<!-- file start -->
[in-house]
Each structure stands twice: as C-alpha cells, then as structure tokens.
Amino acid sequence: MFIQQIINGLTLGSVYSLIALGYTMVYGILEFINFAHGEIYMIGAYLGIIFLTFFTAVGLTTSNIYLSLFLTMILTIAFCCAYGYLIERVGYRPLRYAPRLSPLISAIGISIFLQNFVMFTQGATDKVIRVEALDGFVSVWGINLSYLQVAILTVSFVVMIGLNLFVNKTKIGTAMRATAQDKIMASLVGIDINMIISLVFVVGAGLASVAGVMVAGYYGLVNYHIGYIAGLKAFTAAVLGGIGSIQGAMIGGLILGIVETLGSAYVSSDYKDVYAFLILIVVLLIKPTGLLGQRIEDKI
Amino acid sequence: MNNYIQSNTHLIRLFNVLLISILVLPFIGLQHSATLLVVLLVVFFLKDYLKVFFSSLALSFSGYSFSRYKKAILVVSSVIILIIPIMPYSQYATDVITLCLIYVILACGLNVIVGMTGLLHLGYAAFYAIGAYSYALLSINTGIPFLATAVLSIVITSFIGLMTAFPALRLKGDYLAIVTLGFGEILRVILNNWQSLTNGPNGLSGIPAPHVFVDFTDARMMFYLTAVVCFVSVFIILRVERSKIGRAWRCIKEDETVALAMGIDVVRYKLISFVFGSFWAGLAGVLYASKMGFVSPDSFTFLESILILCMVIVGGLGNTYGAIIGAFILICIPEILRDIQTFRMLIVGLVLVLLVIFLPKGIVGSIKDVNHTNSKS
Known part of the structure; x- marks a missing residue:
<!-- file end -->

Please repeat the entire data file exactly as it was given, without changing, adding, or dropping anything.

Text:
[in-house]
Each structure stands twice: as C-alpha cells, then as structure tokens.
Amino acid sequence: MFIQQIINGLTLGSVYSLIALGYTMVYGILEFINFAHGEIYMIGAYLGIIFLTFFTAVGLTTSNIYLSLFLTMILTIAFCCAYGYLIERVGYRPLRYAPRLSPLISAIGISIFLQNFVMFTQGATDKVIRVEALDGFVSVWGINLSYLQVAILTVSFVVMIGLNLFVNKTKIGTAMRATAQDKIMASLVGIDINMIISLVFVVGAGLASVAGVMVAGYYGLVNYHIGYIAGLKAFTAAVLGGIGSIQGAMIGGLILGIVETLGSAYVSSDYKDVYAFLILIVVLLIKPTGLLGQRIEDKI
Amino acid sequence: MNNYIQSNTHLIRLFNVLLISILVLPFIGLQHSATLLVVLLVVFFLKDYLKVFFSSLALSFSGYSFSRYKKAILVVSSVIILIIPIMPYSQYATDVITLCLIYVILACGLNVIVGMTGLLHLGYAAFYAIGAYSYALLSINTGIPFLATAVLSIVITSFIGLMTAFPALRLKGDYLAIVTLGFGEILRVILNNWQSLTNGPNGLSGIPAPHVFVDFTDARMMFYLTAVVCFVSVFIILRVERSKIGRAWRCIKEDETVALAMGIDVVRYKLISFVFGSFWAGLAGVLYASKMGFVSPDSFTFLESILILCMVIVGGLGNTYGAIIGAFILICIPEILRDIQTFRMLIVGLVLVLLVIFLPKGIVGSIKDVNHTNSKS
Known part of the structure; x- marks a missing residue: